I’ve just been involved in a long thread with an individual who wanted to better understand the relationship between ColdFusion and Flex. Apparently, this is still a source of much confusion as I was asked similar questions at a user group earlier this week. So, I went back through the entire thread and distilled the relevant portions into the following, I hope this helps.
First of all, Flex is a server product that allows developers to generate Flash client-side SWF files on-the-fly by writing plain text source code files with tags in them. There are, therefore, similarities between ColdFusion and Flex:
* Like ColdFusion, Flex is a Java application deployed on top of J2EE servers. (A .NET version of Flex is planned for some future date).
* Like ColdFusion, applications are created as plain text files, and are placed on a server where there are compiled and processed on demand.
* Like ColdFusion .cfm files, Flex .mxml files are primarily tag based (although the language used is MXML instead of CFML).
As I said, there are similarities, and thus the confusion. But, there is also a major difference between ColdFusion and Flex. ColdFusion is an application development platform, it provides language elements and features for everything from programmatic flow control to database integration to Internet protocol support to UI generation to SOAP and XML processing and a whole lot more too. Flex, on the other hand, does not do any of this. Flex has one primary objective, and is laser focused on achieving it. Flex is all about the presentation layer, it is a presentation server and only concentrates on generating presentation front-ends and user interfaces.
This distinction is important. If you need database access from within a Flex application (and most will) then you will need a back-end to provide that access. If you need to generate e-mail messages you will need a back-end that knows SMTP. And if you need to access Internet protocols, implement business logic processing, handle user authentication and authorization, and more, you will need a back-end to do all that work.
This is not limitation of Flex, this implementation is deliberate and by design. As a Flex developer you are free to use the standard back-ends that work for you, including the back-ends you have already invested in. Flex simply provides you with a whole new way to create front-end applications, leveraging whatever investment you have already made (or will make) in back-end systems and technologies.
How does Flex talk to these back-ends? SOAP, straight HTTP calls, invoking Java objects, there are several options available to you. And what back-ends are supported? Basically, anything that can respond to SOAP calls, HTTP requests, and Java object execution. In other words, just about anything. And that includes ColdFusion. All versions of ColdFusion, any editions on any platform, can be used as back-ends for Flex applications. (Although ColdFusion MX is far better suited to be a Flex back-end than are prior versions, due to the Java underpinnings and the integrated SOAP support).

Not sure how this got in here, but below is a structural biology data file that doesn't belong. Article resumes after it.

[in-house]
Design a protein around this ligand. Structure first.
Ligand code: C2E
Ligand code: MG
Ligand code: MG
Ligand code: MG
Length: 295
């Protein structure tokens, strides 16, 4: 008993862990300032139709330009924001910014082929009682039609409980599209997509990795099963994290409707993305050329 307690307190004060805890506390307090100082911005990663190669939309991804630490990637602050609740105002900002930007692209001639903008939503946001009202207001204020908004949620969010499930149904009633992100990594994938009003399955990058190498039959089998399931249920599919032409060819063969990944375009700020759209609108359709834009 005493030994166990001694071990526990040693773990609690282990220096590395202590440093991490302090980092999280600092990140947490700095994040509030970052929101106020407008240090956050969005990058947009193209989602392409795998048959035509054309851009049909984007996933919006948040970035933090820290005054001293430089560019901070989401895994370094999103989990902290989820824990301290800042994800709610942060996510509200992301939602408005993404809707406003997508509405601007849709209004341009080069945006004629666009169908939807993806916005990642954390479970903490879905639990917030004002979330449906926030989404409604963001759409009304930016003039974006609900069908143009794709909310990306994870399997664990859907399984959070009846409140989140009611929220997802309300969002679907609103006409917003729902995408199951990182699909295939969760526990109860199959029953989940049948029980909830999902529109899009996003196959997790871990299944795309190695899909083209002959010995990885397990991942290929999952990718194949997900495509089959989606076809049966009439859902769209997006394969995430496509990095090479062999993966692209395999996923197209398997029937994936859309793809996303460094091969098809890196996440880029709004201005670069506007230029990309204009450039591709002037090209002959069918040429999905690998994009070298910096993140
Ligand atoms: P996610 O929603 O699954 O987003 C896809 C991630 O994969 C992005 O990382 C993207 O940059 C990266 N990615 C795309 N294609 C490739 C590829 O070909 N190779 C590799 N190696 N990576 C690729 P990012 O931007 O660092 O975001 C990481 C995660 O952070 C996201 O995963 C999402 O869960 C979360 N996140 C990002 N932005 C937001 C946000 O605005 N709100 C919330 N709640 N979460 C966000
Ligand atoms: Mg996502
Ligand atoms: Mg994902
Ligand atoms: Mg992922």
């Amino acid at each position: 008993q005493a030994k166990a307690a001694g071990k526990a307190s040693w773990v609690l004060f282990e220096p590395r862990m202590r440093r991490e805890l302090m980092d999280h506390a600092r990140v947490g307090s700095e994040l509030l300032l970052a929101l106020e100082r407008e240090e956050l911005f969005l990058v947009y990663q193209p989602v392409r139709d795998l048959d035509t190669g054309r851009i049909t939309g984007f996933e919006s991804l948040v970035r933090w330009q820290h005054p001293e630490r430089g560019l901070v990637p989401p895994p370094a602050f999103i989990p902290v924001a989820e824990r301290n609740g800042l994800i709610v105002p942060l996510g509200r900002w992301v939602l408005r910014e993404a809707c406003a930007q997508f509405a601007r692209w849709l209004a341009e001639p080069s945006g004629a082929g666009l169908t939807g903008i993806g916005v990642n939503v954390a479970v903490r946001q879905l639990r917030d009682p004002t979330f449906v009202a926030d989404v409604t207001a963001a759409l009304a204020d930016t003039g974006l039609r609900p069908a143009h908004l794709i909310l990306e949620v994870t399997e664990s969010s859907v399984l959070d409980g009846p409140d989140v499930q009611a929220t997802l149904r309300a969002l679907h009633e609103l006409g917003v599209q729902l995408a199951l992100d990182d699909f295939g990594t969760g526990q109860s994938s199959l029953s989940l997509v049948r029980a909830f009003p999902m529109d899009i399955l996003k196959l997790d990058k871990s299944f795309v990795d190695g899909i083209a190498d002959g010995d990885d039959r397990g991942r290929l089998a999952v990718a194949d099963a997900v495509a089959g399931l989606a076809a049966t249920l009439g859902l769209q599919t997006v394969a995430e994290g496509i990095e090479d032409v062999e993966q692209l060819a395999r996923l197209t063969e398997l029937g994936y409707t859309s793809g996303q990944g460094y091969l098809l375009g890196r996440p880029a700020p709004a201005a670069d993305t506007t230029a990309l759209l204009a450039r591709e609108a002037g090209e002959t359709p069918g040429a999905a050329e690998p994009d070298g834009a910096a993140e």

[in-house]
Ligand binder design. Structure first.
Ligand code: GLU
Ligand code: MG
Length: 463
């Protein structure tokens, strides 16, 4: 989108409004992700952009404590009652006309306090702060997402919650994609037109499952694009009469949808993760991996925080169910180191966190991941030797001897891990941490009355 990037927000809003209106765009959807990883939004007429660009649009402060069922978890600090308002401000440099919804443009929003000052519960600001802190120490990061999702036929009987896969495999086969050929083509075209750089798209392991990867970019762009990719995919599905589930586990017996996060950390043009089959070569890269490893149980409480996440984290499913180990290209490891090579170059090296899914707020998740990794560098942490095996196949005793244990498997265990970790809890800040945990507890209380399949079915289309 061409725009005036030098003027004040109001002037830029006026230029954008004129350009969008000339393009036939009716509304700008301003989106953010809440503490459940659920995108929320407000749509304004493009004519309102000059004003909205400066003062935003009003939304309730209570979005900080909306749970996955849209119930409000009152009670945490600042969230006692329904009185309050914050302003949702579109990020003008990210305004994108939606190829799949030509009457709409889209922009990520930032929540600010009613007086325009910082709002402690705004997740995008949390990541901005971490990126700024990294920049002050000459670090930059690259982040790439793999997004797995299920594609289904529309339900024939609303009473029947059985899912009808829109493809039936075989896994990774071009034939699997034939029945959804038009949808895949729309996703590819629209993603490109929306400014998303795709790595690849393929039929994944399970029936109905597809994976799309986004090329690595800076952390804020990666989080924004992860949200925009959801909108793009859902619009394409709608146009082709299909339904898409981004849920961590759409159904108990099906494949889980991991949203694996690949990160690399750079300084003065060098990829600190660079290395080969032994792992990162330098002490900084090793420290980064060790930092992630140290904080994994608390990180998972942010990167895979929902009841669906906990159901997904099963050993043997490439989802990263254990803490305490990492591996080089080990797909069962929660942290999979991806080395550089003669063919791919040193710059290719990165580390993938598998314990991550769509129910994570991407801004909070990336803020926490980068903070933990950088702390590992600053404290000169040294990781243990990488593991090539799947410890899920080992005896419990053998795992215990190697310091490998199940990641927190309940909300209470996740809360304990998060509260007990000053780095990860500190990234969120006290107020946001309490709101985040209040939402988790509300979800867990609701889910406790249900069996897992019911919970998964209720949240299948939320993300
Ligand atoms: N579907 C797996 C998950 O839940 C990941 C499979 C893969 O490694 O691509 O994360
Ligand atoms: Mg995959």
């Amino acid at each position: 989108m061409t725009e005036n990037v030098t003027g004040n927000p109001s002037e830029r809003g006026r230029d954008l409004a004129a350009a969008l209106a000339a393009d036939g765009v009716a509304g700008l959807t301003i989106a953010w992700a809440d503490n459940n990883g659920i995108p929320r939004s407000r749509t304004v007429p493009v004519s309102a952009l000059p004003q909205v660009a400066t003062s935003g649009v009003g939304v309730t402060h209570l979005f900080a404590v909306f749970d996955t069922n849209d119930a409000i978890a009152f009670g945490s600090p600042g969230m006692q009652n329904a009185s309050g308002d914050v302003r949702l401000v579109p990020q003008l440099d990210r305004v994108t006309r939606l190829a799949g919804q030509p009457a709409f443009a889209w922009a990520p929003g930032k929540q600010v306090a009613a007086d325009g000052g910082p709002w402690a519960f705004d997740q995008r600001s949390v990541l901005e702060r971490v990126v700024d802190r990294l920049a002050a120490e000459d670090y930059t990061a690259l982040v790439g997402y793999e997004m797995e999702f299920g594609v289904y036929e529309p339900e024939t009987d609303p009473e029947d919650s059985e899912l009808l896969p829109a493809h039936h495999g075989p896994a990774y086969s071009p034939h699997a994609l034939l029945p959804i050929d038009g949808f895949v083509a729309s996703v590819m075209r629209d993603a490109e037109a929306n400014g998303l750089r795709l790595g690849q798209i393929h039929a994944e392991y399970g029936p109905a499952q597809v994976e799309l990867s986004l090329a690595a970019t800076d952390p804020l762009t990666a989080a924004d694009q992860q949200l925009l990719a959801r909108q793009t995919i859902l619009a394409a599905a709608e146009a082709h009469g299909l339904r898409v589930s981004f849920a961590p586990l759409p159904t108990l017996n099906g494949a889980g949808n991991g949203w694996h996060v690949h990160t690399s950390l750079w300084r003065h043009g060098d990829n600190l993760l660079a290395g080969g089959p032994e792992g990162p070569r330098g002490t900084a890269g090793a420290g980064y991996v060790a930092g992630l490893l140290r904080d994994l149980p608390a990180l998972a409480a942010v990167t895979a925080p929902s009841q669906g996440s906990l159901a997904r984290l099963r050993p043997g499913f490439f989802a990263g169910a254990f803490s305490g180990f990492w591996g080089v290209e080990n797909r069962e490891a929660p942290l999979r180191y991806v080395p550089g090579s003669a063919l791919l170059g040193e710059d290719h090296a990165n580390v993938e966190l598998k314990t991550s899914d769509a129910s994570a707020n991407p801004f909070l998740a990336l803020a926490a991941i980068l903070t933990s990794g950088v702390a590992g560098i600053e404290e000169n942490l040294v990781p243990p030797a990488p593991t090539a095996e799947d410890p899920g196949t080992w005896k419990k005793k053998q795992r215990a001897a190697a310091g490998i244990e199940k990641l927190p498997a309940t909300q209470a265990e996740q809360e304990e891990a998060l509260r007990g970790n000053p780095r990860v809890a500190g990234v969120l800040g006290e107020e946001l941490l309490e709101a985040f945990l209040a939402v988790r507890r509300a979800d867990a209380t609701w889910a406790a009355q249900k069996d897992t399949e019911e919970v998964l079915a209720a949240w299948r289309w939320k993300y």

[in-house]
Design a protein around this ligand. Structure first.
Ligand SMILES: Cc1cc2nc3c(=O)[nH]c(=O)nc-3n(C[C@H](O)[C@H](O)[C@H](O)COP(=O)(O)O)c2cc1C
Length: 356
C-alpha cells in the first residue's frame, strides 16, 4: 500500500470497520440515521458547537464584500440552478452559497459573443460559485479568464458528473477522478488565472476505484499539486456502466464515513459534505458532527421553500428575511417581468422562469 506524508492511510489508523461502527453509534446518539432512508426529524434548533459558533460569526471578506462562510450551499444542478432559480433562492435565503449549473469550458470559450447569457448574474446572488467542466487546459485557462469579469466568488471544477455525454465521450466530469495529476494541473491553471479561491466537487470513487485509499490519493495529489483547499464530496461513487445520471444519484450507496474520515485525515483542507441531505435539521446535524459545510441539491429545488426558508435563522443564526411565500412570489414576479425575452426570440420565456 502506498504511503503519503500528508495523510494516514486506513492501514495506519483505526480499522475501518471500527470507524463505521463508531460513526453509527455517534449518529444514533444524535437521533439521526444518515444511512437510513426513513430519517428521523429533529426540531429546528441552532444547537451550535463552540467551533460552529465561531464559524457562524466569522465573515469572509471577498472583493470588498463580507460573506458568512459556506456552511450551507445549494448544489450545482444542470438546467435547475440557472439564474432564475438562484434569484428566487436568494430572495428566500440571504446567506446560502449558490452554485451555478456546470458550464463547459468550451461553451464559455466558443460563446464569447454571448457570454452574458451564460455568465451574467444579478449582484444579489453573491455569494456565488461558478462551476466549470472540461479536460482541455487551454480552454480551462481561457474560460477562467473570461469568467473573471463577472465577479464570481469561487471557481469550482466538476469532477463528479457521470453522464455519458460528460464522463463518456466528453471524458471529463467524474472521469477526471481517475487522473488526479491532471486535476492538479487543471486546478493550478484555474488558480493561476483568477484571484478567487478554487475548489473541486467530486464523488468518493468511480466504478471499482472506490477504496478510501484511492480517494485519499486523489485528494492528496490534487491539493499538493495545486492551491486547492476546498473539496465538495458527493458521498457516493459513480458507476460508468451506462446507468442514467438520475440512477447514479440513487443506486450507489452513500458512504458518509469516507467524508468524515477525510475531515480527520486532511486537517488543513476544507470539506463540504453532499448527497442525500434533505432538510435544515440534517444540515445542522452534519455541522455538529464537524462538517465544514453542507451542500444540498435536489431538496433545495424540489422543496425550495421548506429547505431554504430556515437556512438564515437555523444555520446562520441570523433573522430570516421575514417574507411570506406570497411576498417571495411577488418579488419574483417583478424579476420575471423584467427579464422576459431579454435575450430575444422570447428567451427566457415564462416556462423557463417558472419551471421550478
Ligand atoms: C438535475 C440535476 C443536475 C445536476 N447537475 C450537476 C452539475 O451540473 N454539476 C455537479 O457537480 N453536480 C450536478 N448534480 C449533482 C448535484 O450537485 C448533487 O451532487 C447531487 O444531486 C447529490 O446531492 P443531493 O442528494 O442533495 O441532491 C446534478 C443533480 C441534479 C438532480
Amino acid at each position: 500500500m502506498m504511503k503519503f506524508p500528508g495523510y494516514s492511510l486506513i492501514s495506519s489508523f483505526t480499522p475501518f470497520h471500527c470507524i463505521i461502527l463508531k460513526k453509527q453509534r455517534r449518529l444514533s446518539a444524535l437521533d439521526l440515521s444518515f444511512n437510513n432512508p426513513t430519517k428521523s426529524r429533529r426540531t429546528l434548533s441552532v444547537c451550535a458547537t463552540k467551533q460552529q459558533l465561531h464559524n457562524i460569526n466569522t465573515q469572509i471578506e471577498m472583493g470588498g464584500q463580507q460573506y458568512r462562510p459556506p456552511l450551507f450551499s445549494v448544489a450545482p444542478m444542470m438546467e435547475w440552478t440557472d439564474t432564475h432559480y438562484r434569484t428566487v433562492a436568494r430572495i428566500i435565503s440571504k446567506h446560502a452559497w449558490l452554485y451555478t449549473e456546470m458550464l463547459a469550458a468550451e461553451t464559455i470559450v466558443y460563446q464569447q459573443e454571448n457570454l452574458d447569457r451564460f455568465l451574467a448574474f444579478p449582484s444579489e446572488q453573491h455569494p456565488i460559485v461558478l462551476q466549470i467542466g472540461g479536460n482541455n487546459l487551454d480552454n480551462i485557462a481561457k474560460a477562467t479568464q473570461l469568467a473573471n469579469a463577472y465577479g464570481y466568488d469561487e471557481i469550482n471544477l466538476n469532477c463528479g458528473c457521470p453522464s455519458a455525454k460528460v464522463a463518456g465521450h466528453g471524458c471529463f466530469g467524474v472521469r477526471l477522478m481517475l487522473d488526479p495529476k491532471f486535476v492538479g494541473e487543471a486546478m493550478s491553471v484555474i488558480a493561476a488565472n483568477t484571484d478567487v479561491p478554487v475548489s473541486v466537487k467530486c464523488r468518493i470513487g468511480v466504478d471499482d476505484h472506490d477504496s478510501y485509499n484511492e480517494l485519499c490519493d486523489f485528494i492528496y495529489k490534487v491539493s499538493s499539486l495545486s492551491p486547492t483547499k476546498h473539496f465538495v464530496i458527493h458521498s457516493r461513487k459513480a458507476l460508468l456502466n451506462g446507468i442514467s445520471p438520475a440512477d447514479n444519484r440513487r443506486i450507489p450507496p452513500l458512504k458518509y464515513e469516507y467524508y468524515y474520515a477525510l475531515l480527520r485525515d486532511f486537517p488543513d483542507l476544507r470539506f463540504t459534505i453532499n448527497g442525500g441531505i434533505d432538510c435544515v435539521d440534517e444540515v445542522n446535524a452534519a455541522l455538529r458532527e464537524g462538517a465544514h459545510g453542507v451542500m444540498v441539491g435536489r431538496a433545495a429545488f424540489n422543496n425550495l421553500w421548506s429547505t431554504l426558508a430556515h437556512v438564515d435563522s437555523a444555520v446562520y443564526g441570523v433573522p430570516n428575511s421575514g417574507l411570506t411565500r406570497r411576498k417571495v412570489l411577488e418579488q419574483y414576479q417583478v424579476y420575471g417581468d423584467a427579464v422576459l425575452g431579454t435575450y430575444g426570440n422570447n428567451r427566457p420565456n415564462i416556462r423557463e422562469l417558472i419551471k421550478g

So, now that the differences between ColdFusion and Flex are clear, as is the understanding that these servers do not overlap and are in fact complimentary, what exactly is the technical relationship between them? There are two answers to this question, and they are quite different:
1) As already stated, Flex can leverage ColdFusion as a back-end, ideally via SOAP calls to ColdFusion Components. Any ColdFusion code exposed as a Web Service can be used by Flex, and very easily too. Flex understands ColdFusion data types, include queries, so, for example, a Flex DataGrid can be populated by a CFC method that returns a query without needing to massage the returned data at all. In this form of integration Flex and ColdFusion need not be installed on the same J2EE server, in fact, they need not even be installed on the same physical box. Flex can talk to any ColdFusion server anywhere (subject to security restrictions and settings). When a user requests a Flex page (a .mxml URL, not a .cfm URL) a Flash application is returned (by Flex, not by ColdFusion) and executes within the Flash player. That application then makes calls to ColdFusion for data and processing (probably using SOAP or Flash Remoting). From ColdFusion’s perspective the flow and integration is no different from that of traditional Flash SWFs created using the Flash IDE.
2) It is also possible for ColdFusion pages (.cfm files) to render client-side SWFs dynamically (in much the same way as ColdFusion usually renders client-side HTML). How? Via JSP tags. CFML code can invoke JSP tags (which must first be imported into ColdFusion using the
There are advantages to each integration option, and the decision as to which to use will (and should) likely be driven by application needs more than anything else.
But having said that, both options are viable, and both allow the creation of well designed n-tier applications, with Flex at the presentation tier, and ColdFusion at the business and logic tier.